Contribution to the conference of The College of Psychoanalysts-UK ‘Are you fit to practise? From ethical framework to model of good behaviour’- London, 6 June 2009
Is psychotherapy or psychoanalysis a health care profession?
In his highly relevant monograph The Question of Lay Analysis , Freud wrote:
“Some time ago I analysed a colleague who gave evidence of a particularly strong dislike of the idea of anyone being allowed to engage in a medical activity who was not himself a medical man. I was in a position to say to him: ‘We have now been working for more than three months. At what point in our analysis have I had occasion to make use of my medical knowledge?’. He admitted that I had had no such occasion.” [p 255]
He goes on to add:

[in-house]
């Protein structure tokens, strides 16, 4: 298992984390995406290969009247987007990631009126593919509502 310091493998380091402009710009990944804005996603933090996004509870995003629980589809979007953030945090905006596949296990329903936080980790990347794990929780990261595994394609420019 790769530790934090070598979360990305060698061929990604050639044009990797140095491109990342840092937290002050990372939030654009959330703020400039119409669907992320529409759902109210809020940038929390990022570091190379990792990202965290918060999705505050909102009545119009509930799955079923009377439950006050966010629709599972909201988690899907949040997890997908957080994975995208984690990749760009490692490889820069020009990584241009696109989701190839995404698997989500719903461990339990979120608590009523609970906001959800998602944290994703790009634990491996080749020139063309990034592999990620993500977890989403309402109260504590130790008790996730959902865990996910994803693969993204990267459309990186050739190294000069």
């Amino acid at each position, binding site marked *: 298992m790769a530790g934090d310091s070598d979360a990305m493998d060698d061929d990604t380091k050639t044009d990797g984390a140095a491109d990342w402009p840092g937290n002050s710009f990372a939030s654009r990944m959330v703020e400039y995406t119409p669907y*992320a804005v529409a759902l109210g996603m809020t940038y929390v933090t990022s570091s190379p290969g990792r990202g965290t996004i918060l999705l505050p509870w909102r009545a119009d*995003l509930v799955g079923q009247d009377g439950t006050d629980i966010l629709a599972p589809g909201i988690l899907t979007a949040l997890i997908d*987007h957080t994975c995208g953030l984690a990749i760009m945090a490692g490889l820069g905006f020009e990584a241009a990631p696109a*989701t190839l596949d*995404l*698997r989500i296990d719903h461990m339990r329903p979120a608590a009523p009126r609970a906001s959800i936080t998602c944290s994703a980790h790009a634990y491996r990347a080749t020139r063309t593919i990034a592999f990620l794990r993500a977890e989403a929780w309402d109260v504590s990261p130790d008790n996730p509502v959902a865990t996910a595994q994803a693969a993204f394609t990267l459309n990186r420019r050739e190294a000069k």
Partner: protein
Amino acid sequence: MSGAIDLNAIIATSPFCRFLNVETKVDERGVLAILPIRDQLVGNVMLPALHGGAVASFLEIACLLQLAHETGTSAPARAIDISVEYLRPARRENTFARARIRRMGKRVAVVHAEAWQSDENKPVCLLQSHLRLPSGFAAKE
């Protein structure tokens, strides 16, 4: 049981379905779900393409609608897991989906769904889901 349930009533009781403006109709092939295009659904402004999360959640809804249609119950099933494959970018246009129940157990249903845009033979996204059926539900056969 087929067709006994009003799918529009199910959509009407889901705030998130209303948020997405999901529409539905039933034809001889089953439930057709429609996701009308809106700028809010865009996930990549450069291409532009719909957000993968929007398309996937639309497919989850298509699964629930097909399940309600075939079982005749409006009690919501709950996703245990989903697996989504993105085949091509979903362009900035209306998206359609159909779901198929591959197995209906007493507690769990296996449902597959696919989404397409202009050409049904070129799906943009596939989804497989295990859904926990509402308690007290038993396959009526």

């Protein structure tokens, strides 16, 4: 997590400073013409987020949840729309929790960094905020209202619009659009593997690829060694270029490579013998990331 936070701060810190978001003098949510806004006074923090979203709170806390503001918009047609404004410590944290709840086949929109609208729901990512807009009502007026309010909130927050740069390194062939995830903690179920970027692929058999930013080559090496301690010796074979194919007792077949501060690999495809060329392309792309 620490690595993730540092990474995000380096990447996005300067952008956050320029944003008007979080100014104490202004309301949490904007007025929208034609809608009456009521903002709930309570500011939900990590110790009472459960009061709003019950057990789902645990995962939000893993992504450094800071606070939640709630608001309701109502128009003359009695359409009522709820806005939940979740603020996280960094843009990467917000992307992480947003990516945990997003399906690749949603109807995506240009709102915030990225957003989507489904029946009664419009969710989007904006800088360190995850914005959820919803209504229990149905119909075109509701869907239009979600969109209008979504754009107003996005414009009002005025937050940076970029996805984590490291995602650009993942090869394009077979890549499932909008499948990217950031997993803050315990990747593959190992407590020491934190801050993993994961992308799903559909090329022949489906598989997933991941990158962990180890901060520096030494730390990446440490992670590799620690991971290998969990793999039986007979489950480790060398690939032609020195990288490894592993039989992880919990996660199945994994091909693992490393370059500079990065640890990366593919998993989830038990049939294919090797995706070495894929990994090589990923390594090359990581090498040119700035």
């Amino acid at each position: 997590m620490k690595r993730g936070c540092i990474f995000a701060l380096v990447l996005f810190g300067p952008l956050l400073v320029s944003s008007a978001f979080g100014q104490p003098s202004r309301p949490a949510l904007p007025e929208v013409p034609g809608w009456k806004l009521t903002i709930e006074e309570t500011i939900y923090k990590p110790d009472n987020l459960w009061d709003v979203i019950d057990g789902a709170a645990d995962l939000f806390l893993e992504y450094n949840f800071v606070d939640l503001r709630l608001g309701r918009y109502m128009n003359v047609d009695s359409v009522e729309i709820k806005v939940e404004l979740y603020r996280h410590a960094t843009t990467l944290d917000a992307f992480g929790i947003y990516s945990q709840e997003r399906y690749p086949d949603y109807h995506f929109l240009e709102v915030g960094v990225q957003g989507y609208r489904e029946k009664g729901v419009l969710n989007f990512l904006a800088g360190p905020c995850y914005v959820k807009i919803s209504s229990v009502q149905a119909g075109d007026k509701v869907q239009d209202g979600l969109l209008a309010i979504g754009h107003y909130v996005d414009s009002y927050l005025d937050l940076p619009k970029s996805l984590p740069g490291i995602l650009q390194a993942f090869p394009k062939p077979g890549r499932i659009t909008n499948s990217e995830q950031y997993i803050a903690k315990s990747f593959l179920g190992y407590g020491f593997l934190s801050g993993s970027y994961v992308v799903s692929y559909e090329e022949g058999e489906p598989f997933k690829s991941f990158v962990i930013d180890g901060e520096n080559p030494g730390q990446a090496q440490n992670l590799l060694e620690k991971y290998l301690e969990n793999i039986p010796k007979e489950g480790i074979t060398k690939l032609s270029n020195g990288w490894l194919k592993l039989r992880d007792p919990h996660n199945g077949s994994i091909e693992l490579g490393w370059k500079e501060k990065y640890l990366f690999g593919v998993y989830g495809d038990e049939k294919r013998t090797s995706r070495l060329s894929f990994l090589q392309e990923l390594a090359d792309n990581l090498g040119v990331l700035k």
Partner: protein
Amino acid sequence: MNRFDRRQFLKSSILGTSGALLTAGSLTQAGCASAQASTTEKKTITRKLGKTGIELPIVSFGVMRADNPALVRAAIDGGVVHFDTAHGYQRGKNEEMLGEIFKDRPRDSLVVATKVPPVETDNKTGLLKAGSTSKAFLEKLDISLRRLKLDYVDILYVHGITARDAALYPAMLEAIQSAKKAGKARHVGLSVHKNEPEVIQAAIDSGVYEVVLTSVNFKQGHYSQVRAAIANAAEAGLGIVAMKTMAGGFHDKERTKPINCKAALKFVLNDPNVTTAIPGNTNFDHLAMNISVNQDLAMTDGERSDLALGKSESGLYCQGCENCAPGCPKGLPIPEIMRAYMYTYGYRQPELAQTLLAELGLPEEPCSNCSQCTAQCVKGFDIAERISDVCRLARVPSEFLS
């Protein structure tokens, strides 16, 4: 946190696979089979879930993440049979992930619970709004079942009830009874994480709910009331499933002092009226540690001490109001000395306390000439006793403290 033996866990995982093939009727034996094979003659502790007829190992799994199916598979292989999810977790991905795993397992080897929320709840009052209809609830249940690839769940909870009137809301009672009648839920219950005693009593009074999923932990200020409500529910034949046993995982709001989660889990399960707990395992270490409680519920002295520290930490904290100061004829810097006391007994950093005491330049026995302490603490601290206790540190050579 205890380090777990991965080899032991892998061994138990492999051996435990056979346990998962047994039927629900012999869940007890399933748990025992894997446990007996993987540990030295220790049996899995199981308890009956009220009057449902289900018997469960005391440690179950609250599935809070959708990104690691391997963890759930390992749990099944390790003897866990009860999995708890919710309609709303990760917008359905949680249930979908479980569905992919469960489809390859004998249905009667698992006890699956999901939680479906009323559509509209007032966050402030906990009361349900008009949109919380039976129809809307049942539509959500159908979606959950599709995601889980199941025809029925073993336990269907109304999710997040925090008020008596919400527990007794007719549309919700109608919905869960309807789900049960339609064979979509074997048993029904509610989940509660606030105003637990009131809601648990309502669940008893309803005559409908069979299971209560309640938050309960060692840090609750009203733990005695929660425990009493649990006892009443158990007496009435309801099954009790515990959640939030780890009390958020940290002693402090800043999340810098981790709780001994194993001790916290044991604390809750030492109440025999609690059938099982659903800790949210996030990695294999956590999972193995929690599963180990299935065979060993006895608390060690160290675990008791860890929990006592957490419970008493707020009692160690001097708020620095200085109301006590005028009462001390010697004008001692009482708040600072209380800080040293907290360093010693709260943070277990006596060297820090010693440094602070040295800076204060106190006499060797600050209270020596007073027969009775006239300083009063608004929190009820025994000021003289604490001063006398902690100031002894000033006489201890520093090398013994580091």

“Indeed, the words, ‘secular pastoral worker’, might well serve as a general formula for describing the functions which the analyst, whether he is a doctor or a layman, has to perform in his relation to the public. Our friends among the protestant clergy, and more recently among the catholic clergy as well, are often able to relieve their parishioners of the inhibitions of their daily life by confirming their faith – after having first offered them a little analytic information about the nature of their conflicts. Our opponents, the Adlerian ‘individual psychologists’, endeavour to produce a similar result in people who have become unstable and inefficient by arousing their interest in the social community – having first thrown some light upon a single corner of their mental life and shown them the part played in their illness by their egoistic and distrustful impulses. Both of these procedures, which derive their power from being based on analysis, have their place in psychotherapy. We who are analysts set before us as our aim the most complete analysis and profoundest possible analysis of whoever may be our patient. We do not seek to bring him relief by receiving him into the catholic, protestant or socialist community. We seek rather to enrich him from his own internal sources, by putting at the disposal of his ego those energies which, owing to repression, are inaccessibly confined in his unconscious, as well as those which his ego is obliged to squander in the fruitless task of maintaining these repressions. Such activity as this is pastoral work in the best sense of the words.” [255-6]